Under these unwise limitations the Bureau of Education has been conducted for nearly twenty years, and the fact that it has been able to render such valuable service to the causo of education is due largely to the fidelity and self-sacriticing spirit of the men who have filled the position of Commissioner. Few realize the embarrassments which have beset the duties of the Office, and fewer know how greatly its possible efficiency has been lessened by the lack of official appreciation and adequate pecuniary support.

But in spite of all limitations and embarrassments the Bureau of Education has fully justified the wisdom of its creation. Its great value as an educational agency of the General Government is no longer questioned by any one who knows its history and work. It has not only furnished needed assistance to those entrusted with the organization and conduct of schools and school systems, but it has from time to time responded to the call of Congress itself for valuable information on school affairs.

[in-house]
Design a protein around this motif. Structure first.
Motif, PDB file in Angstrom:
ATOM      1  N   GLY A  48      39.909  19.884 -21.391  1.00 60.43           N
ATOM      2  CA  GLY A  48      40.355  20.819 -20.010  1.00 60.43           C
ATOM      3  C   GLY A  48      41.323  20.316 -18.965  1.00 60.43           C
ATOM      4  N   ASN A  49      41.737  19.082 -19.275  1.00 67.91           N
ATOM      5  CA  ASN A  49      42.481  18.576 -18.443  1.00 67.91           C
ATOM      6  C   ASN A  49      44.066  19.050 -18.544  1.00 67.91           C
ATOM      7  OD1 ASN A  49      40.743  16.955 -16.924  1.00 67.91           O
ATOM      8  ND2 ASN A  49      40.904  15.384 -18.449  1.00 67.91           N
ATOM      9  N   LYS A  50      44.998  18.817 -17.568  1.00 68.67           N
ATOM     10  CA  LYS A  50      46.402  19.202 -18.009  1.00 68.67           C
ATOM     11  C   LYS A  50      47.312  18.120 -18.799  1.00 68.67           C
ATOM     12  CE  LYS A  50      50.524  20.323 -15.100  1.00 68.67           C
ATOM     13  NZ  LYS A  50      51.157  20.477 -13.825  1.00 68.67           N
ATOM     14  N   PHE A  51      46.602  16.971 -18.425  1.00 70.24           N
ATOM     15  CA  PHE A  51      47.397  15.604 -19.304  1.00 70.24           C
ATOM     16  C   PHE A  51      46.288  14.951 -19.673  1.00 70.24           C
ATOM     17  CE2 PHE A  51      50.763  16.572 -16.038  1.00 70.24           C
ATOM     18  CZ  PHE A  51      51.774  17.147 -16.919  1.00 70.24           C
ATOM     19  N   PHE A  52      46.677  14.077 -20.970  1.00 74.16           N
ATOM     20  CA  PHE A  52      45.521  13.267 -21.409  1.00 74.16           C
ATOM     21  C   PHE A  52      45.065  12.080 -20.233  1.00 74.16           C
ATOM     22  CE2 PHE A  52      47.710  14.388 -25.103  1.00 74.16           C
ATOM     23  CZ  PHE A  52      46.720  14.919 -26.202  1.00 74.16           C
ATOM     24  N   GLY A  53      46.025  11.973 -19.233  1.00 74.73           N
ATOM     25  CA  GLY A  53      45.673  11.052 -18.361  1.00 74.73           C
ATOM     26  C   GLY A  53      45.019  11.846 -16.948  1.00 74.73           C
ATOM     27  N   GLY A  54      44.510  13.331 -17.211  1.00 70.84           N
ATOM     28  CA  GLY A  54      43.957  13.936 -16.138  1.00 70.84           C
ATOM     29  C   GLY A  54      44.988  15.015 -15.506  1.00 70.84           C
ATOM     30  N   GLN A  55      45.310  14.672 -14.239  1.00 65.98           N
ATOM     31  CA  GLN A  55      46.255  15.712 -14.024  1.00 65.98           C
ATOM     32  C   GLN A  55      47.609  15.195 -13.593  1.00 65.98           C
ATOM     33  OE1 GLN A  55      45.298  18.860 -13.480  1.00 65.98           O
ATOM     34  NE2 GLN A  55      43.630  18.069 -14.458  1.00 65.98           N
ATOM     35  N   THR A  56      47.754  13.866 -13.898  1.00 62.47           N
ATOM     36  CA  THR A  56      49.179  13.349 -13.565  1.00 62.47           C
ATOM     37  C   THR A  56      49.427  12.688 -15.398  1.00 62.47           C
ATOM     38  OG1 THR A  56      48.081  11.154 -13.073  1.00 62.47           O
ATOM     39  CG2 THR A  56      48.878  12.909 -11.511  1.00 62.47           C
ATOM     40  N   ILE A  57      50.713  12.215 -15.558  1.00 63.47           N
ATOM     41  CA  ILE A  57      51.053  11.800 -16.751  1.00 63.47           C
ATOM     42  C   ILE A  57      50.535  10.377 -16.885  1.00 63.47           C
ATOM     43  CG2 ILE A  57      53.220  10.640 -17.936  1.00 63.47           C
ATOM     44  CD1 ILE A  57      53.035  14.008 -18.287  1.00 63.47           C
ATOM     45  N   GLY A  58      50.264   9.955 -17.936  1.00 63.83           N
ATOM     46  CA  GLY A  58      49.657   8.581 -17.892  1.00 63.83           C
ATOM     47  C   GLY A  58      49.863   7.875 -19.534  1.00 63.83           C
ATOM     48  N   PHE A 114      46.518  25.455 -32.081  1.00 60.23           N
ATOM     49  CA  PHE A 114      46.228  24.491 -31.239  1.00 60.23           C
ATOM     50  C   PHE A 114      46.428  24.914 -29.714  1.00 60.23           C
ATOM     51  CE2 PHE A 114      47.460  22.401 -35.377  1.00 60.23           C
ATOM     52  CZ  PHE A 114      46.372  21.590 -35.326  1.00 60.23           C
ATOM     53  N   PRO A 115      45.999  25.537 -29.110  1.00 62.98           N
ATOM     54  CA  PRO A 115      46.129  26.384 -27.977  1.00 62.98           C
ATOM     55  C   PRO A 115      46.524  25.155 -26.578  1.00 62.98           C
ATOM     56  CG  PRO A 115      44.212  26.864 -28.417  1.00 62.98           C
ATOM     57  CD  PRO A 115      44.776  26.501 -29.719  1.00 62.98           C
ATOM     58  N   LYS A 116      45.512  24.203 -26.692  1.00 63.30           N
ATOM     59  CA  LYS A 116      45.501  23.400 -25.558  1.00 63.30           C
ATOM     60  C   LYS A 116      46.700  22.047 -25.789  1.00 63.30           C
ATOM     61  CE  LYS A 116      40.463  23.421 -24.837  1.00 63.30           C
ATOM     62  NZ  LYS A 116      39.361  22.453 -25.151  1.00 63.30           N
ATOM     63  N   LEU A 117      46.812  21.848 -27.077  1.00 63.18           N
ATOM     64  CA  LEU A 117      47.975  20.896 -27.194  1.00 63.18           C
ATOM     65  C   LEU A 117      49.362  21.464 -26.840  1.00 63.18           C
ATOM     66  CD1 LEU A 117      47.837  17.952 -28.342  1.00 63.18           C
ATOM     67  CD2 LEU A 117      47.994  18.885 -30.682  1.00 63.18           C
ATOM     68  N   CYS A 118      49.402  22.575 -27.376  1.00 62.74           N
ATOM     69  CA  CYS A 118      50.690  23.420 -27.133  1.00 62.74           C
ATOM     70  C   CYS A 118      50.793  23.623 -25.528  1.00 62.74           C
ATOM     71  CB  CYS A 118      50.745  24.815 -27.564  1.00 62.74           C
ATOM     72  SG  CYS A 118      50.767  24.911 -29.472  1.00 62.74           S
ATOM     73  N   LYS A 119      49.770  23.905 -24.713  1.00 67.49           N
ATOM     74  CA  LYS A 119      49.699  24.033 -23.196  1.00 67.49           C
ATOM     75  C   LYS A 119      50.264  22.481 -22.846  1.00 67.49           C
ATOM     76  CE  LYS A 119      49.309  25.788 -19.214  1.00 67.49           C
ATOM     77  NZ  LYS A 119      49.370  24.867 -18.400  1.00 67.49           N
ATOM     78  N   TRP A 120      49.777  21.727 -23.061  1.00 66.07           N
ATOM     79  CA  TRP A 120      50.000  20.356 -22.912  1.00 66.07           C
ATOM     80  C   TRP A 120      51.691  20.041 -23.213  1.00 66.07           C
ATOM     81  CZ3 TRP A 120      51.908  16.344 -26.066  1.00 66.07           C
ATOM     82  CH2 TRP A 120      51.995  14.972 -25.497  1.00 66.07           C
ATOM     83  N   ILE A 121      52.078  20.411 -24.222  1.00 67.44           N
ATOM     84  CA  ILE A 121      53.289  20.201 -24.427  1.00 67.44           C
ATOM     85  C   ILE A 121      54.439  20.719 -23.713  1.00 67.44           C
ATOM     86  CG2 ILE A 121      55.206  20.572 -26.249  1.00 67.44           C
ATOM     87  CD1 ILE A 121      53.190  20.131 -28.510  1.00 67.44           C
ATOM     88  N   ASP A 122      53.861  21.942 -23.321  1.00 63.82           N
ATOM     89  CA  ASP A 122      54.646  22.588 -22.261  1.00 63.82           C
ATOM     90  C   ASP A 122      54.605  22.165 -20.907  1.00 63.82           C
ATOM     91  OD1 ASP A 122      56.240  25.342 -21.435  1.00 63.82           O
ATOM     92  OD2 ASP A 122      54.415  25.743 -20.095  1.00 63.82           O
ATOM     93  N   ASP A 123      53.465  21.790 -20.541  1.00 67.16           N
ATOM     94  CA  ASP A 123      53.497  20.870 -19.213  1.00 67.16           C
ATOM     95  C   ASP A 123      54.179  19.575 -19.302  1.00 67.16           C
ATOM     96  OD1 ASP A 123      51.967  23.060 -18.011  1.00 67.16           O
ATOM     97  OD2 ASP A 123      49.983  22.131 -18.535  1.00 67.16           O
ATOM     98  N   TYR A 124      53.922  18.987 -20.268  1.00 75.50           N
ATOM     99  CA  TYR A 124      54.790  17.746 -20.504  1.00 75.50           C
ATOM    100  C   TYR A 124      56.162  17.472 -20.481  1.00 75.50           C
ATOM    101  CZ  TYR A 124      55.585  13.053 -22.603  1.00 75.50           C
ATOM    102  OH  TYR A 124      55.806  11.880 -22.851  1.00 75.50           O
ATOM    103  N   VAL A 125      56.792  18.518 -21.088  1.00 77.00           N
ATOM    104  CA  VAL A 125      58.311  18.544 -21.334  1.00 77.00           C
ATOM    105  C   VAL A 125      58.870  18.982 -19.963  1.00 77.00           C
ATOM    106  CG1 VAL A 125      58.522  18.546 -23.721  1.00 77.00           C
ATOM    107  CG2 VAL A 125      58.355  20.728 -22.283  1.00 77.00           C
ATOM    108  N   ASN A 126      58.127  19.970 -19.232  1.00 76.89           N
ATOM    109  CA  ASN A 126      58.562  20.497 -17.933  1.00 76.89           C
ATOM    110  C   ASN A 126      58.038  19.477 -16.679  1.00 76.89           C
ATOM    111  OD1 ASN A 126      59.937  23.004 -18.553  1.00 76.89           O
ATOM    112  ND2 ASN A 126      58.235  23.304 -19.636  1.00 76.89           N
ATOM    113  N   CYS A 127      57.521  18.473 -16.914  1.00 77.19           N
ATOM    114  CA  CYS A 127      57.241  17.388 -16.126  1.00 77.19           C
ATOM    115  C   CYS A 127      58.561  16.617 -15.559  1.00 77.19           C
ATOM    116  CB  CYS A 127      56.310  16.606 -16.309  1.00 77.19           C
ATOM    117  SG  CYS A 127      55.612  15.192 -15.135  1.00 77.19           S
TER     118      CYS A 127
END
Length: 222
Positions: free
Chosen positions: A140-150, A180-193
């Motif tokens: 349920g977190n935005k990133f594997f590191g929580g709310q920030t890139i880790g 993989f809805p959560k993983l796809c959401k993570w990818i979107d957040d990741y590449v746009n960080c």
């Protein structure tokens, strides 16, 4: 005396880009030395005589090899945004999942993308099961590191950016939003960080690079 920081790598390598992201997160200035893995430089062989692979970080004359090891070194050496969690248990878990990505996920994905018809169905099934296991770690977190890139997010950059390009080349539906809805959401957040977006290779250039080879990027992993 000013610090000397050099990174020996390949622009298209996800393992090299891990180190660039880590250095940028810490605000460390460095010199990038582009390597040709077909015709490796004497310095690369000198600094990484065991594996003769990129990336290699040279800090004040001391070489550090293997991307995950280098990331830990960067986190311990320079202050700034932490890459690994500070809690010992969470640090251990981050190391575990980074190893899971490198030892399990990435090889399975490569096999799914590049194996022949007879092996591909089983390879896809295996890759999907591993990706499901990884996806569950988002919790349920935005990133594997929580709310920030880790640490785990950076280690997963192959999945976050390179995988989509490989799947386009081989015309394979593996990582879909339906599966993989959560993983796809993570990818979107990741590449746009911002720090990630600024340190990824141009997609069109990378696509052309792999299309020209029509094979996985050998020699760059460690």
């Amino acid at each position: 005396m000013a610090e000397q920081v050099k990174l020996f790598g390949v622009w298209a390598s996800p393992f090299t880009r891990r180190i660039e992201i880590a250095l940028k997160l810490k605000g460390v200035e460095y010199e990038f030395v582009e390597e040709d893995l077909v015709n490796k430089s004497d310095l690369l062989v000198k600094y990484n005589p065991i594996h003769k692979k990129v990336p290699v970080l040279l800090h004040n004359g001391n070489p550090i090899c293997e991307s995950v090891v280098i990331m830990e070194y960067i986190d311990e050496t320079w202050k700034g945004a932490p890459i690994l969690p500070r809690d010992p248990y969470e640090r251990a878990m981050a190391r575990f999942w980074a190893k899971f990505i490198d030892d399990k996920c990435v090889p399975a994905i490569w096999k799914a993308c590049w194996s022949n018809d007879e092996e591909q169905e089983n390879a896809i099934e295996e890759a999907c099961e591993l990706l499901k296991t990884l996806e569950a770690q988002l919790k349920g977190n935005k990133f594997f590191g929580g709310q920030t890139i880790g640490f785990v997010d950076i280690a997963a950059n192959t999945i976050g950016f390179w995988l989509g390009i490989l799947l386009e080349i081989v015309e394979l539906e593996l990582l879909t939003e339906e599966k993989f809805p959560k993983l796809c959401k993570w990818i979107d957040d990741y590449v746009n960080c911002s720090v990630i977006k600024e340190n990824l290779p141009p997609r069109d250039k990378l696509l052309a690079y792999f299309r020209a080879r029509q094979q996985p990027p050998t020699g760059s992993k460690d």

It is believed that the time has now come when the Bureau of Education should be restored to its original position as an independent Department, and its management bo again entrusted to the Commissioner in charge. The salary of the Commissioner should be increased to not less than $5,000—the present salary of the Commissioner of Labor and the recent salary of the Commissioner of Agriculture. The position of the Commissioner of Education never can assume its proper dignity at the seat of Gorernment so long as the Commissioner is obliged to live on the present salary, and it is certainly too much to ask the Commissioner to supplement this salary by his private means.